DOE Investing Up to $13.5M to Give Shot in the Arm to Solar Sector

June 21, 2023 by Kennedy Thomason
DOE Investing Up to $13.5M to Give Shot in the Arm to Solar Sector
Researchers including Haley Paterson (left), a data analytics graduate, and Brittany Staie (right), a market research analysis researcher, plant crops in a garden row at the bifacial agrivoltaics array on the National Renewable Energy Laboratory’s (NREL’s) campus. (Photo by Joe DelNero / NREL)

WASHINGTON — The Department of Energy is investing up to $13.5 million in job training partnerships to bolster the solar energy industry in 13 states.

In a press release explaining the initiative, administration officials said the effort is particularly geared toward historically underserved communities.

And it’s all part of the White House’s goal to have the United States relying on a completely clean-energy power grid by 2035.

“The … DOE is working to jump-start solar energy careers, especially in underserved communities, developing the long-term structures needed to deliver these jobs over the next decade,” said Energy Secretary Jennifer Granholm in a written statement.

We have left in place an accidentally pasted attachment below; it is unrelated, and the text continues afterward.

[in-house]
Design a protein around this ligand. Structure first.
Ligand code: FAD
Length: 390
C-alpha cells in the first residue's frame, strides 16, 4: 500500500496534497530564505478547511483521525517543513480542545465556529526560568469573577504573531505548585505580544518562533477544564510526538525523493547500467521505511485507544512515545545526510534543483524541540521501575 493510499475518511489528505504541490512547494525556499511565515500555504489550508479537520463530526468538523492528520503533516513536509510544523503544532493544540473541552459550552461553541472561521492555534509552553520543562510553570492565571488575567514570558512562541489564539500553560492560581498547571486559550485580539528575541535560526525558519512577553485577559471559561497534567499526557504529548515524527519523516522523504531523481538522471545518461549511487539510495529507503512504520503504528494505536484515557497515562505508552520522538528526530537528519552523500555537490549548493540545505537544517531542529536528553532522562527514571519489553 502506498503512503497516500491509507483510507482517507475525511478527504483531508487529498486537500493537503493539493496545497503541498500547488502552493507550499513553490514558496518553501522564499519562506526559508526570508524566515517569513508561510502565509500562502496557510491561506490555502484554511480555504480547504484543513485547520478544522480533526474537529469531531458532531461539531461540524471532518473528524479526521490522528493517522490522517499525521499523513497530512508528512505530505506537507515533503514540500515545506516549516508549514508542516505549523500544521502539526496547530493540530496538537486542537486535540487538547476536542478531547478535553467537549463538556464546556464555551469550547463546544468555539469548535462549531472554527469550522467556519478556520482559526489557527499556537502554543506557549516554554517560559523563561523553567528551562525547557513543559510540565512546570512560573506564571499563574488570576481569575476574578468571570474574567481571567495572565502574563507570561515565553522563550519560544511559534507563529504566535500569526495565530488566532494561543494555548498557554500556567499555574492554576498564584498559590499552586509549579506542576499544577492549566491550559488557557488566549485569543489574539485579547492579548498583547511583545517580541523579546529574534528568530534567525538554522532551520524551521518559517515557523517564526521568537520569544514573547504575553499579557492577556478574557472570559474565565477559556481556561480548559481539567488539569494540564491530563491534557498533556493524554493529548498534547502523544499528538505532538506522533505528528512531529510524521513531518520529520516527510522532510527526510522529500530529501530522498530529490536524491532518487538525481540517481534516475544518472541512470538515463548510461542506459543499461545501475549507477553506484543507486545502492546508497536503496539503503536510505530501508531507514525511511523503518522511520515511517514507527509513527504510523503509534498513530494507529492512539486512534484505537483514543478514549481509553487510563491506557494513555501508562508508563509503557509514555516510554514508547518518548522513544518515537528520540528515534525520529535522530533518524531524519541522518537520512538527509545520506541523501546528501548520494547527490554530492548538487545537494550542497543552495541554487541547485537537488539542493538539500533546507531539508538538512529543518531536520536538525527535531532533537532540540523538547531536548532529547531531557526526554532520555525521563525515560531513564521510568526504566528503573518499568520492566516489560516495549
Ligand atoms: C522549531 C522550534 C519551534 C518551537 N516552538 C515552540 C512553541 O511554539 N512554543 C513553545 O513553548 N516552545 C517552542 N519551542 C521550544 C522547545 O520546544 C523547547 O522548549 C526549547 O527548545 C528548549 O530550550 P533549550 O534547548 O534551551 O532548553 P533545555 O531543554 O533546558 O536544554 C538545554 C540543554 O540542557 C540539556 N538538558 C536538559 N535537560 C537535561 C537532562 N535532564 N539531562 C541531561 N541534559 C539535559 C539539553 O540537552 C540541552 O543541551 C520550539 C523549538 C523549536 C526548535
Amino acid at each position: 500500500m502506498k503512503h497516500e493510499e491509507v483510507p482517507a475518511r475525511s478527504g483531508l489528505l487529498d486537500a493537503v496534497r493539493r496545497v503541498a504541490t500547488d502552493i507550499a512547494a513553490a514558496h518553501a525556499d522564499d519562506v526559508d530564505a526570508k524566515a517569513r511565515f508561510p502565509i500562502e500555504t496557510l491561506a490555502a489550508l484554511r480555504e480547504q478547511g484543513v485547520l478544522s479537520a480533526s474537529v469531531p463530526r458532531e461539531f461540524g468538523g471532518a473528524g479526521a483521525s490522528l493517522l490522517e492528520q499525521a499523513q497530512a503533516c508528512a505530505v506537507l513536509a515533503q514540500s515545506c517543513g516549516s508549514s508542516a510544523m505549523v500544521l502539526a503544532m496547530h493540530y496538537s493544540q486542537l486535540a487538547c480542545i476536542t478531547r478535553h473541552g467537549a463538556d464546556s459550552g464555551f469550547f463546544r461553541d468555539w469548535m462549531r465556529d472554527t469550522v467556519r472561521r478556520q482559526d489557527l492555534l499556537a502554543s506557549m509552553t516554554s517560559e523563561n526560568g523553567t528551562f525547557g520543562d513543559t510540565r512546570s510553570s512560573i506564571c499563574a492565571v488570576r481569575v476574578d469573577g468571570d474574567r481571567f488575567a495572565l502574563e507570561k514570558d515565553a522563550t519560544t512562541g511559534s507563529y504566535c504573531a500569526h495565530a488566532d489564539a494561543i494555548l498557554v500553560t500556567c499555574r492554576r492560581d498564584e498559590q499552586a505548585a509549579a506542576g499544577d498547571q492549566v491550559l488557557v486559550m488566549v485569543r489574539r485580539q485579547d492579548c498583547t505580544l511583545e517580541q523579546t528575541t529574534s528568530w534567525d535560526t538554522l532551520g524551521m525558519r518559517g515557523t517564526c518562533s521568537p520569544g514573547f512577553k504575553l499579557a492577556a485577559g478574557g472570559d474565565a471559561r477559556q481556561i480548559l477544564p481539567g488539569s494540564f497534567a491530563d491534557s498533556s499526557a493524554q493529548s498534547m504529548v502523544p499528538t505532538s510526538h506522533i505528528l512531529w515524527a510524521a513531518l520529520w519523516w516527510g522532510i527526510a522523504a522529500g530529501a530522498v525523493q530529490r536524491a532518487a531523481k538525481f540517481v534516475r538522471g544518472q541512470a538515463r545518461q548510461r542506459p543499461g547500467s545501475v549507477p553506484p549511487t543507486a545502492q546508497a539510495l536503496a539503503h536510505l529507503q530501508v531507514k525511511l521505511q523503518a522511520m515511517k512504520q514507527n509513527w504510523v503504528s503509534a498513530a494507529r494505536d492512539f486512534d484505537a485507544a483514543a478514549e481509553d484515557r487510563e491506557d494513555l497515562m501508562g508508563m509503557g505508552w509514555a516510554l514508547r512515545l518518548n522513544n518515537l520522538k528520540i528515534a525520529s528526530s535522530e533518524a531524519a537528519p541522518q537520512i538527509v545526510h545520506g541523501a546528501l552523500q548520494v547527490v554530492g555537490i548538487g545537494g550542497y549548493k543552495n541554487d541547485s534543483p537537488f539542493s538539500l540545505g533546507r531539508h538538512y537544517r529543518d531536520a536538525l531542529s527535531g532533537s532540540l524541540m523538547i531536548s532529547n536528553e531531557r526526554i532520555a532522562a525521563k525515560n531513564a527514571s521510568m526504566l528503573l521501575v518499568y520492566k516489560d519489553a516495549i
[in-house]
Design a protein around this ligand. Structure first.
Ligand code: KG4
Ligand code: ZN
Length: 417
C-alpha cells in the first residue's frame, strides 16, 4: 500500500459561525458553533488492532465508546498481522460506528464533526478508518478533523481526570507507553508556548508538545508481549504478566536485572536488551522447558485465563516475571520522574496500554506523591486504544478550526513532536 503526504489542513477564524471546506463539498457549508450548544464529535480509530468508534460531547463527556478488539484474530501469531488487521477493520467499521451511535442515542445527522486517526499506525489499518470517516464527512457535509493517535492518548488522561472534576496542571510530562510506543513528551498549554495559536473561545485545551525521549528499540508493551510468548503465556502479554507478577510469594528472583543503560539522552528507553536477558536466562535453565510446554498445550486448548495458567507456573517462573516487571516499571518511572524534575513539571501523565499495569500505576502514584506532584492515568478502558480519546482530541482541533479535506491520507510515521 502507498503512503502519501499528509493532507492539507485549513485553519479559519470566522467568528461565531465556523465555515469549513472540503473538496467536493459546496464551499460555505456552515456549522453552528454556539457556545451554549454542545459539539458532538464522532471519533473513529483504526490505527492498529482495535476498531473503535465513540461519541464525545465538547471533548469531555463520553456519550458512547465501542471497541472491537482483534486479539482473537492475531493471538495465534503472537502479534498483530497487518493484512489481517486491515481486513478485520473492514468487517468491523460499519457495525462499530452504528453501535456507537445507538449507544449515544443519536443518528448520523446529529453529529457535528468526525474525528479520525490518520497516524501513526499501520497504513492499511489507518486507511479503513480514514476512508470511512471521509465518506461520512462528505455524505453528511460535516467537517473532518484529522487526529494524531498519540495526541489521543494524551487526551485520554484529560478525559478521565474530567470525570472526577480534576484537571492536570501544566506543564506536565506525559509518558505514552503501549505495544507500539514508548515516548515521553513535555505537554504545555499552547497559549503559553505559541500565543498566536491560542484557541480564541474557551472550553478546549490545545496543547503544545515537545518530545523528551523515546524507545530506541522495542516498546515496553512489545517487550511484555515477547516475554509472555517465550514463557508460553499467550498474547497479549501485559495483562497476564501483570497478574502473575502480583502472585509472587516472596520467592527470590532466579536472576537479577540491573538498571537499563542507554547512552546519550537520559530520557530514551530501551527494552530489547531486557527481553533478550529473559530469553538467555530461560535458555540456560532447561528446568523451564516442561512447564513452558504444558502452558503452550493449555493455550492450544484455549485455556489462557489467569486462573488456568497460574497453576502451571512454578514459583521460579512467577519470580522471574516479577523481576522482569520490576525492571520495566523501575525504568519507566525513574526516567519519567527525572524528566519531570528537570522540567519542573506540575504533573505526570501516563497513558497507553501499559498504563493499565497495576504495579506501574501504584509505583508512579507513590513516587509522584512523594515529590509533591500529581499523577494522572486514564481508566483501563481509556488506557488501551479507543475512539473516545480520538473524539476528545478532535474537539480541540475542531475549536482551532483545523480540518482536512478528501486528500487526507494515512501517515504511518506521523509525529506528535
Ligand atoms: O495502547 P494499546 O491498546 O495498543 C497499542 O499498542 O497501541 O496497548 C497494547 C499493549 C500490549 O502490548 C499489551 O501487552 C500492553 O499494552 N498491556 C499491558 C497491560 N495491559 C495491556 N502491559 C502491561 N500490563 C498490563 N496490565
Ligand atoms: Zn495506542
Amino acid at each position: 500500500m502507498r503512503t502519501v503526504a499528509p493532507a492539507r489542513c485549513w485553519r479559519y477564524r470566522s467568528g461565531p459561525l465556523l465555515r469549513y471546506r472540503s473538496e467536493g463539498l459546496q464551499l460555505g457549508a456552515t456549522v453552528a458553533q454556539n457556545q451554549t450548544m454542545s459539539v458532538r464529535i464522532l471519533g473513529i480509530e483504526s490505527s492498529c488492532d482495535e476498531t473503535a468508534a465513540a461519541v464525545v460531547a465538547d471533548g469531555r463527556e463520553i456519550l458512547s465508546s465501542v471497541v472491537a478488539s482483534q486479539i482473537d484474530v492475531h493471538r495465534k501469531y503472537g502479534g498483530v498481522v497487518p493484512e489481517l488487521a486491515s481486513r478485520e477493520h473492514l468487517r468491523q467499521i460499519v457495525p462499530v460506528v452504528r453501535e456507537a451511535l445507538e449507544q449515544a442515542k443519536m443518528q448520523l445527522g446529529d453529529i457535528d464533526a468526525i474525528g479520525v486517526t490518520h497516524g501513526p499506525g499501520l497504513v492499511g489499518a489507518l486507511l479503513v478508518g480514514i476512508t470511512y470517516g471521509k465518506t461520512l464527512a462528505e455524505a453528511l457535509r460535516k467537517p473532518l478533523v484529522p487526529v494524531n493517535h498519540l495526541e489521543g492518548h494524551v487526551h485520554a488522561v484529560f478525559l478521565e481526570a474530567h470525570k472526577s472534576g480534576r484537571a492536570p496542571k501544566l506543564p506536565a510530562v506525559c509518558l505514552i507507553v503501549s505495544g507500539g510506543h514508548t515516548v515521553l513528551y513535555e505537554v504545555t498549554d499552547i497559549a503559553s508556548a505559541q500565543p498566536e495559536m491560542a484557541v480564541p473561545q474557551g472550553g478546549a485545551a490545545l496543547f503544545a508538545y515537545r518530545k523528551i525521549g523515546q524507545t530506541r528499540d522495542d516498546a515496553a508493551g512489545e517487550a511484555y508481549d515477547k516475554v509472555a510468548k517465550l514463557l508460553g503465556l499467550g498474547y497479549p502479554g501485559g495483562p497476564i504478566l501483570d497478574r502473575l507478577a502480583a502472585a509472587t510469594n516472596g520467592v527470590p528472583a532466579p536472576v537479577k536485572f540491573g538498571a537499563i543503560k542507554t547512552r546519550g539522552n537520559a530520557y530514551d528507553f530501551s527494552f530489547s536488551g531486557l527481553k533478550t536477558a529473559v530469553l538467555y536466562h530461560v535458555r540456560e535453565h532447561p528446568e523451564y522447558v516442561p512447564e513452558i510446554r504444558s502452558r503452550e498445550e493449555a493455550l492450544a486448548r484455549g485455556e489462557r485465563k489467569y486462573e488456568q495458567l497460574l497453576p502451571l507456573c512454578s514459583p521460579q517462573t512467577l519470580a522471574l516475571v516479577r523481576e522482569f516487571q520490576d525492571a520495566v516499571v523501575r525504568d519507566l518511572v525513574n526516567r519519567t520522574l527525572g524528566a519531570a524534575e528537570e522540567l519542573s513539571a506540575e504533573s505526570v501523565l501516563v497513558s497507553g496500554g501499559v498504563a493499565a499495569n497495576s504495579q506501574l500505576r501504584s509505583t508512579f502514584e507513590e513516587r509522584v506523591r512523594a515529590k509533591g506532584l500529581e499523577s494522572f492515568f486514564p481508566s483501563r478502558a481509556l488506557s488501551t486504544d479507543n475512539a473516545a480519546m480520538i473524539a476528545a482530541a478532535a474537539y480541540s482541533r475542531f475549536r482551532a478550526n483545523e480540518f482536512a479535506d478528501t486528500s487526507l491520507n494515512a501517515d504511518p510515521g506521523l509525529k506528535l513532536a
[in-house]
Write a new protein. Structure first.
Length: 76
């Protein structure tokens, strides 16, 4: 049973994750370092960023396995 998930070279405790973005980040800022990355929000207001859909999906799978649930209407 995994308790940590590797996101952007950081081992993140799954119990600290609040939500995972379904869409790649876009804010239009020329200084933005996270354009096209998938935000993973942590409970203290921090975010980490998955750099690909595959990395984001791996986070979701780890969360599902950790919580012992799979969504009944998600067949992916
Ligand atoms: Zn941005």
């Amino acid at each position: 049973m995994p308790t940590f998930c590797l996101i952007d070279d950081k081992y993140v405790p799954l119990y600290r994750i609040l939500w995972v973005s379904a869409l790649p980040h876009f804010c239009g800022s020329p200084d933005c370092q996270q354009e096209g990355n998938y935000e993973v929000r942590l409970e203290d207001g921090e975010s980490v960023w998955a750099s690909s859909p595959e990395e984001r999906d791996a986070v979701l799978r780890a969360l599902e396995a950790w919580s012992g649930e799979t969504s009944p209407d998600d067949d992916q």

According to the most recent data gathered by the Energy Department, the solar energy sector currently employs about 330,000 people, and will add between 500,000 and 1,500,000 new jobs by 2035.

The administration’s latest investment in the sector will support as many as a dozen job training initiatives, each of which get an individual award ranging between $725,000 and $1,500,000, depending on the scope of the project.

Nicole Steele, who manages the DOE’s workforce and equitable access program and is a senior adviser for the EPA’s Greenhouse Gas Reduction Fund, says these projects will focus on diversity. 

“DOE designed this program to directly address the need for diversity and inclusion in the solar industry,” Steele said in a written statement.

Regardless of each project’s size, all will work to “recruit, train and retain a diverse workforce,” expand training and certification opportunities in underserved communities, develop apprenticeships and work collaboratively with labor unions.

The investment will fund 12 individual projects. Steele said the projects were chosen to revitalize and modernize the solar energy industry. 

“The selected projects share three key features: They are demand-driven, worker-centered, and equity-focused,” Steele said.

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